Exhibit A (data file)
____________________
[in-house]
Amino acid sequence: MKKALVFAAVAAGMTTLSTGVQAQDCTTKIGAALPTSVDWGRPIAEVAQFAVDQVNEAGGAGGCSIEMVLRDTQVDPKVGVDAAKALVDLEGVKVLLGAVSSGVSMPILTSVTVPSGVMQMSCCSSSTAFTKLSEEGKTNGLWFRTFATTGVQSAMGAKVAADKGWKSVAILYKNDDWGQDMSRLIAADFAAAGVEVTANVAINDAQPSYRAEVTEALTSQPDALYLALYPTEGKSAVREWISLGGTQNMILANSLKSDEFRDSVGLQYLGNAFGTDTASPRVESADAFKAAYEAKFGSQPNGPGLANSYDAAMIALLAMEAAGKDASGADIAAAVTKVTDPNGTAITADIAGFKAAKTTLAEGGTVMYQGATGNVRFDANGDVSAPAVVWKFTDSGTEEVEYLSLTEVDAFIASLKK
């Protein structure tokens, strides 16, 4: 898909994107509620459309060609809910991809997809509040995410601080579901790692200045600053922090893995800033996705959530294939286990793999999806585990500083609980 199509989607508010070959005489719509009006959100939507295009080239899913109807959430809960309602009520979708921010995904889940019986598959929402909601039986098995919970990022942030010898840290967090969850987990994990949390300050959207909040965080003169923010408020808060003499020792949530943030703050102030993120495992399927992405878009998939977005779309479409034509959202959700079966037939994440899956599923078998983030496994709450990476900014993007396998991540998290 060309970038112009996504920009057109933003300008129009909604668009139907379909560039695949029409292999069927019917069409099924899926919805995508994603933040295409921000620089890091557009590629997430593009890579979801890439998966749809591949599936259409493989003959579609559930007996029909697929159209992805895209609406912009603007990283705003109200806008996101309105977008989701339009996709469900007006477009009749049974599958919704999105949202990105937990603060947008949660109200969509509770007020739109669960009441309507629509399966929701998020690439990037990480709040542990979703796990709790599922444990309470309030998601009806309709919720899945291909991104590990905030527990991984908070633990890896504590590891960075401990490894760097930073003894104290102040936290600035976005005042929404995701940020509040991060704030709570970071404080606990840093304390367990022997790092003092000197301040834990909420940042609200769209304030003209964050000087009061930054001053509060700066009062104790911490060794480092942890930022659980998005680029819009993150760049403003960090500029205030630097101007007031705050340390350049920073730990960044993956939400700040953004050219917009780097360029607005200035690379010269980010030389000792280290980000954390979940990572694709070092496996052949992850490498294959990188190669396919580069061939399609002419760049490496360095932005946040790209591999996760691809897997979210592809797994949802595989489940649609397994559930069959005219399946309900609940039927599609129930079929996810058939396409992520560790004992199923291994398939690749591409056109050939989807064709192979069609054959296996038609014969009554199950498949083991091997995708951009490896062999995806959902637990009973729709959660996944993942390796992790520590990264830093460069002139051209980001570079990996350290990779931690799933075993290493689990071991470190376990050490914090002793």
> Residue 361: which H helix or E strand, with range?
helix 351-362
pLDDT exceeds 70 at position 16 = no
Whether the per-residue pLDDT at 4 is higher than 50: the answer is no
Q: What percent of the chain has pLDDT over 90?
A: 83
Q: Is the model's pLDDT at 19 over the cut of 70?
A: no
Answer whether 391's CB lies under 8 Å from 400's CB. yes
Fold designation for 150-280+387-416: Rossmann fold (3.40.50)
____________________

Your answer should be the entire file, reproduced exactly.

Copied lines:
[in-house]
Amino acid sequence: MKKALVFAAVAAGMTTLSTGVQAQDCTTKIGAALPTSVDWGRPIAEVAQFAVDQVNEAGGAGGCSIEMVLRDTQVDPKVGVDAAKALVDLEGVKVLLGAVSSGVSMPILTSVTVPSGVMQMSCCSSSTAFTKLSEEGKTNGLWFRTFATTGVQSAMGAKVAADKGWKSVAILYKNDDWGQDMSRLIAADFAAAGVEVTANVAINDAQPSYRAEVTEALTSQPDALYLALYPTEGKSAVREWISLGGTQNMILANSLKSDEFRDSVGLQYLGNAFGTDTASPRVESADAFKAAYEAKFGSQPNGPGLANSYDAAMIALLAMEAAGKDASGADIAAAVTKVTDPNGTAITADIAGFKAAKTTLAEGGTVMYQGATGNVRFDANGDVSAPAVVWKFTDSGTEEVEYLSLTEVDAFIASLKK
């Protein structure tokens, strides 16, 4: 898909994107509620459309060609809910991809997809509040995410601080579901790692200045600053922090893995800033996705959530294939286990793999999806585990500083609980 199509989607508010070959005489719509009006959100939507295009080239899913109807959430809960309602009520979708921010995904889940019986598959929402909601039986098995919970990022942030010898840290967090969850987990994990949390300050959207909040965080003169923010408020808060003499020792949530943030703050102030993120495992399927992405878009998939977005779309479409034509959202959700079966037939994440899956599923078998983030496994709450990476900014993007396998991540998290 060309970038112009996504920009057109933003300008129009909604668009139907379909560039695949029409292999069927019917069409099924899926919805995508994603933040295409921000620089890091557009590629997430593009890579979801890439998966749809591949599936259409493989003959579609559930007996029909697929159209992805895209609406912009603007990283705003109200806008996101309105977008989701339009996709469900007006477009009749049974599958919704999105949202990105937990603060947008949660109200969509509770007020739109669960009441309507629509399966929701998020690439990037990480709040542990979703796990709790599922444990309470309030998601009806309709919720899945291909991104590990905030527990991984908070633990890896504590590891960075401990490894760097930073003894104290102040936290600035976005005042929404995701940020509040991060704030709570970071404080606990840093304390367990022997790092003092000197301040834990909420940042609200769209304030003209964050000087009061930054001053509060700066009062104790911490060794480092942890930022659980998005680029819009993150760049403003960090500029205030630097101007007031705050340390350049920073730990960044993956939400700040953004050219917009780097360029607005200035690379010269980010030389000792280290980000954390979940990572694709070092496996052949992850490498294959990188190669396919580069061939399609002419760049490496360095932005946040790209591999996760691809897997979210592809797994949802595989489940649609397994559930069959005219399946309900609940039927599609129930079929996810058939396409992520560790004992199923291994398939690749591409056109050939989807064709192979069609054959296996038609014969009554199950498949083991091997995708951009490896062999995806959902637990009973729709959660996944993942390796992790520590990264830093460069002139051209980001570079990996350290990779931690799933075993290493689990071991470190376990050490914090002793």
> Residue 361: which H helix or E strand, with range?
helix 351-362
pLDDT exceeds 70 at position 16 = no
Whether the per-residue pLDDT at 4 is higher than 50: the answer is no
Q: What percent of the chain has pLDDT over 90?
A: 83
Q: Is the model's pLDDT at 19 over the cut of 70?
A: no
Answer whether 391's CB lies under 8 Å from 400's CB. yes
Fold designation for 150-280+387-416: Rossmann fold (3.40.50)